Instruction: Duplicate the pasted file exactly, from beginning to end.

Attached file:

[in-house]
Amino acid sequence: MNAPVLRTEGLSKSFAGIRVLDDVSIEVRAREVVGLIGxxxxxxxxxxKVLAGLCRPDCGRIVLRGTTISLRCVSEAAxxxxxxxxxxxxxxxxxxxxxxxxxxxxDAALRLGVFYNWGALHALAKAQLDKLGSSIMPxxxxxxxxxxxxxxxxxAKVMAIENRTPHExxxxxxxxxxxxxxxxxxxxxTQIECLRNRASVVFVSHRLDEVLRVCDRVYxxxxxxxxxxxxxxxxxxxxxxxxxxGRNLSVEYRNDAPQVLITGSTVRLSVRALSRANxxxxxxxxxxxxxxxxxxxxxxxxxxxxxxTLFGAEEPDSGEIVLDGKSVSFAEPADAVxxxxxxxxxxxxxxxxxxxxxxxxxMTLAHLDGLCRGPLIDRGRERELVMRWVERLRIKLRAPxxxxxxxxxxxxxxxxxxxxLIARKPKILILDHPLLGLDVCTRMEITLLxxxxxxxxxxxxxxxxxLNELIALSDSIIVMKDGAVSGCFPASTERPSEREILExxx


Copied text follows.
[in-house]
Amino acid sequence: MNAPVLRTEGLSKSFAGIRVLDDVSIEVRAREVVGLIGxxxxxxxxxxKVLAGLCRPDCGRIVLRGTTISLRCVSEAAxxxxxxxxxxxxxxxxxxxxxxxxxxxxDAALRLGVFYNWGALHALAKAQLDKLGSSIMPxxxxxxxxxxxxxxxxxAKVMAIENRTPHExxxxxxxxxxxxxxxxxxxxxTQIECLRNRASVVFVSHRLDEVLRVCDRVYxxxxxxxxxxxxxxxxxxxxxxxxxxGRNLSVEYRNDAPQVLITGSTVRLSVRALSRANxxxxxxxxxxxxxxxxxxxxxxxxxxxxxxTLFGAEEPDSGEIVLDGKSVSFAEPADAVxxxxxxxxxxxxxxxxxxxxxxxxxMTLAHLDGLCRGPLIDRGRERELVMRWVERLRIKLRAPxxxxxxxxxxxxxxxxxxxxLIARKPKILILDHPLLGLDVCTRMEITLLxxxxxxxxxxxxxxxxxLNELIALSDSIIVMKDGAVSGCFPASTERPSEREILExxx